Earlier we talked with Dr. Carl Bell. He is a psychiatrist and a professor at the University of Illinois. He's the president and CEO of the Community Mental Health Council in Chicago, Illinois, and we've spoken with him on a number of occasions about issues in mental health, but he has a particular interest in the issue of violence. In fact, he's the founder of the Institute for the Prevention of Violence, has done extensive research in this area, and we caught up with him on Tuesday.

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The Torch
10:53 am
Wed August 8, 2012

Rogue Condoms Appear In Olympic Village; Organizers Take Action

London Mayor Boris Johnson picks up a packet of Olympic branded condoms during a visit to the Olympic Village last month. Durex, the official Olympic supplier, has sent 150,000 condoms to the village. A bucket of rogue condoms has created a small controversy.
Scott Heavey Getty Images

It should come as no surprise that Olympics organizers take brand endorsements and official suppliers very seriously. That extends beyond logos on shorts and shoes — up to, and including, condoms. That's right, the Olympics has an "official" condom — and organizers want to get to the bottom of how a bucket of rogue condoms reached the Olympic Village.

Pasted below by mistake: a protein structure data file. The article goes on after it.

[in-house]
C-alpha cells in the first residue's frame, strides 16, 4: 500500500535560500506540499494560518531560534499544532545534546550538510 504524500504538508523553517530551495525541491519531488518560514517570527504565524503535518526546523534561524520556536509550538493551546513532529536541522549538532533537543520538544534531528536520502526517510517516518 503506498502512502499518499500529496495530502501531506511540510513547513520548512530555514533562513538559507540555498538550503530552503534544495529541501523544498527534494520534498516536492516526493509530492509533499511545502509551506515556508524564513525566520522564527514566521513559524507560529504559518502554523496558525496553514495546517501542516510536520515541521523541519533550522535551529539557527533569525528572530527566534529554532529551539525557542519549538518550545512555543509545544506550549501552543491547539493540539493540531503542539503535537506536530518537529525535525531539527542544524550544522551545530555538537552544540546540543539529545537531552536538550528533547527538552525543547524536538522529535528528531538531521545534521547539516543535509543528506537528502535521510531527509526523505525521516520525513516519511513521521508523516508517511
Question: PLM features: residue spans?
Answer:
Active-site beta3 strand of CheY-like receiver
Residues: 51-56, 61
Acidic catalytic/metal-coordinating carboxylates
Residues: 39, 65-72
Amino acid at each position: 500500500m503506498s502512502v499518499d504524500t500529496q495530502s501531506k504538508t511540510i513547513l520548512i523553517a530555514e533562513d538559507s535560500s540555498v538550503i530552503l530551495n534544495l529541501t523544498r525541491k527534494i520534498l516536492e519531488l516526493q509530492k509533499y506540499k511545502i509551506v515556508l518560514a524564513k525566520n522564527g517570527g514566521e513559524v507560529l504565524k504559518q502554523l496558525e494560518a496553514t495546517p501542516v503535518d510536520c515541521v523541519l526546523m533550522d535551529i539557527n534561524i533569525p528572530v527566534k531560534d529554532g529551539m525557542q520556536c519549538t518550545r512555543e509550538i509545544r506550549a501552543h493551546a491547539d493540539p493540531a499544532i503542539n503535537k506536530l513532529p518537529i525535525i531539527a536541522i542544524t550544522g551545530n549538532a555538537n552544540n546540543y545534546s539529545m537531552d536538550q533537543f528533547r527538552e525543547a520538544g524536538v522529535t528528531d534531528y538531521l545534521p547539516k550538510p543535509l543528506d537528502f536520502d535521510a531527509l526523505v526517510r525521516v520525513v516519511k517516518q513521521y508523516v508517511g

As has happened before at the London Games, it started with a tweet.

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The Two-Way
10:38 am
Wed August 8, 2012

Wisconsin Teen Looks To Repeat As Texting Champ, FAWC

A closeup from the 2007 competition.
Stan Honda AFP/Getty Images

Originally published on Wed August 8, 2012 7:02 pm

Update at 5:11 p.m. ET. Back-ToBack:

For his second year in a row, teenager Austin Wierschke has earned the title of fastest texter in the United States.

"Weirschke of Wisconsin, won after eight rounds at the texting competition Wednesday in New York's Times Square," the AP reports. "He gets $50,000 in prize money."

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The Torch
9:48 am
Wed August 8, 2012

Let's Catch Up: London Abuzz Over Women's Soccer; Alternate Medal Count

Chinese trampoline gold medalist Dong Dong competes in London. An analysis by Yahoo finds that China's Olympians outpace their U.S. counterparts in judged competitions, such as trampoline and diving.
Cameron Spencer Getty Images

Good morning. Only five days remain in the Summer Games, and China leads the United States in the medal count, with a total of 73 (34 gold) to America's 71 (30 gold). Here's other news that caught our eye this morning: